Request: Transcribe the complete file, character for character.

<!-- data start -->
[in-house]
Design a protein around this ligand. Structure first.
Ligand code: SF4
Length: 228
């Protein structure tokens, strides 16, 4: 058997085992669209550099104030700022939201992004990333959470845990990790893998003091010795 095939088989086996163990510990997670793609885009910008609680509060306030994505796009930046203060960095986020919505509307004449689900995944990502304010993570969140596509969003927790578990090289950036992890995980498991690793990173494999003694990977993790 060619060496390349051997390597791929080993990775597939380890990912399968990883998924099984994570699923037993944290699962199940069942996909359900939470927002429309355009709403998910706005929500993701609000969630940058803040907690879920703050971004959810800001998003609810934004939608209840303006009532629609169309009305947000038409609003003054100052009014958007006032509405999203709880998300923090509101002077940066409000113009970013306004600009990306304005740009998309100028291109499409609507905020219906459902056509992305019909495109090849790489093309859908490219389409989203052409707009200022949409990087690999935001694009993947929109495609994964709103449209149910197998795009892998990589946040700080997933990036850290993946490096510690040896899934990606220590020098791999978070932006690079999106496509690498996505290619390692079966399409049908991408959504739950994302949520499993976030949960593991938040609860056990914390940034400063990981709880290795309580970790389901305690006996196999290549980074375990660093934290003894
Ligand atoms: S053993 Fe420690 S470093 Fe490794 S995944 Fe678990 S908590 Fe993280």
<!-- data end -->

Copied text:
[in-house]
Design a protein around this ligand. Structure first.
Ligand code: SF4
Length: 228
């Protein structure tokens, strides 16, 4: 058997085992669209550099104030700022939201992004990333959470845990990790893998003091010795 095939088989086996163990510990997670793609885009910008609680509060306030994505796009930046203060960095986020919505509307004449689900995944990502304010993570969140596509969003927790578990090289950036992890995980498991690793990173494999003694990977993790 060619060496390349051997390597791929080993990775597939380890990912399968990883998924099984994570699923037993944290699962199940069942996909359900939470927002429309355009709403998910706005929500993701609000969630940058803040907690879920703050971004959810800001998003609810934004939608209840303006009532629609169309009305947000038409609003003054100052009014958007006032509405999203709880998300923090509101002077940066409000113009970013306004600009990306304005740009998309100028291109499409609507905020219906459902056509992305019909495109090849790489093309859908490219389409989203052409707009200022949409990087690999935001694009993947929109495609994964709103449209149910197998795009892998990589946040700080997933990036850290993946490096510690040896899934990606220590020098791999978070932006690079999106496509690498996505290619390692079966399409049908991408959504739950994302949520499993976030949960593991938040609860056990914390940034400063990981709880290795309580970790389901305690006996196999290549980074375990660093934290003894
Ligand atoms: S053993 Fe420690 S470093 Fe490794 S995944 Fe678990 S908590 Fe993280």